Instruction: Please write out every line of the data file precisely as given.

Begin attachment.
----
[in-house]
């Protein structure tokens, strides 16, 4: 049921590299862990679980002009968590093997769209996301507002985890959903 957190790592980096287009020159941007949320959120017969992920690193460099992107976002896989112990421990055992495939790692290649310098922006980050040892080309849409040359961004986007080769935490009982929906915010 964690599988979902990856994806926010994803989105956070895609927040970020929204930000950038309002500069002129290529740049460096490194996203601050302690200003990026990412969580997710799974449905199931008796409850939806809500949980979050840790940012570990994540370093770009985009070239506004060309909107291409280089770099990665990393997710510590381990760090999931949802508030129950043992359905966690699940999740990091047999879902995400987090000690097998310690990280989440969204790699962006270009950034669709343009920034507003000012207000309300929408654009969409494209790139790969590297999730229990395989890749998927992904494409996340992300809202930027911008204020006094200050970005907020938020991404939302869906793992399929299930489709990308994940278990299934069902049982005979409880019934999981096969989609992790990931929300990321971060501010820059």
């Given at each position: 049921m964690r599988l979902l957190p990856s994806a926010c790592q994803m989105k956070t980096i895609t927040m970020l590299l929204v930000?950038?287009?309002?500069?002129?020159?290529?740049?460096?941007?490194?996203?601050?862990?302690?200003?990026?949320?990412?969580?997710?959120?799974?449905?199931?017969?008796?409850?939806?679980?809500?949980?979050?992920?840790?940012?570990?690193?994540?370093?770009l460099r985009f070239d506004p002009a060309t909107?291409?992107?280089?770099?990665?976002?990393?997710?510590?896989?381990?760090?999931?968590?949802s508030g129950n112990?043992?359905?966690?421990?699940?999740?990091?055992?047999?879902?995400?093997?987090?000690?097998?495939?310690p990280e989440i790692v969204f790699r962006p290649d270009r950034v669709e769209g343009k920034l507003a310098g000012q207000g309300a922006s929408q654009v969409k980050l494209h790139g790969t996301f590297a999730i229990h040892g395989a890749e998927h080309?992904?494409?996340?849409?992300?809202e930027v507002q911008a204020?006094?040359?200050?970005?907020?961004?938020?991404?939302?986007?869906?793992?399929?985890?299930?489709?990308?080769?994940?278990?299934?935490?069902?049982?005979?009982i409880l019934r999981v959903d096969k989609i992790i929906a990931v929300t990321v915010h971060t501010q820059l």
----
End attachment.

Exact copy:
[in-house]
């Protein structure tokens, strides 16, 4: 049921590299862990679980002009968590093997769209996301507002985890959903 957190790592980096287009020159941007949320959120017969992920690193460099992107976002896989112990421990055992495939790692290649310098922006980050040892080309849409040359961004986007080769935490009982929906915010 964690599988979902990856994806926010994803989105956070895609927040970020929204930000950038309002500069002129290529740049460096490194996203601050302690200003990026990412969580997710799974449905199931008796409850939806809500949980979050840790940012570990994540370093770009985009070239506004060309909107291409280089770099990665990393997710510590381990760090999931949802508030129950043992359905966690699940999740990091047999879902995400987090000690097998310690990280989440969204790699962006270009950034669709343009920034507003000012207000309300929408654009969409494209790139790969590297999730229990395989890749998927992904494409996340992300809202930027911008204020006094200050970005907020938020991404939302869906793992399929299930489709990308994940278990299934069902049982005979409880019934999981096969989609992790990931929300990321971060501010820059």
């Given at each position: 049921m964690r599988l979902l957190p990856s994806a926010c790592q994803m989105k956070t980096i895609t927040m970020l590299l929204v930000?950038?287009?309002?500069?002129?020159?290529?740049?460096?941007?490194?996203?601050?862990?302690?200003?990026?949320?990412?969580?997710?959120?799974?449905?199931?017969?008796?409850?939806?679980?809500?949980?979050?992920?840790?940012?570990?690193?994540?370093?770009l460099r985009f070239d506004p002009a060309t909107?291409?992107?280089?770099?990665?976002?990393?997710?510590?896989?381990?760090?999931?968590?949802s508030g129950n112990?043992?359905?966690?421990?699940?999740?990091?055992?047999?879902?995400?093997?987090?000690?097998?495939?310690p990280e989440i790692v969204f790699r962006p290649d270009r950034v669709e769209g343009k920034l507003a310098g000012q207000g309300a922006s929408q654009v969409k980050l494209h790139g790969t996301f590297a999730i229990h040892g395989a890749e998927h080309?992904?494409?996340?849409?992300?809202e930027v507002q911008a204020?006094?040359?200050?970005?907020?961004?938020?991404?939302?986007?869906?793992?399929?985890?299930?489709?990308?080769?994940?278990?299934?935490?069902?049982?005979?009982i409880l019934r999981v959903d096969k989609i992790i929906a990931v929300t990321v915010h971060t501010q820059l």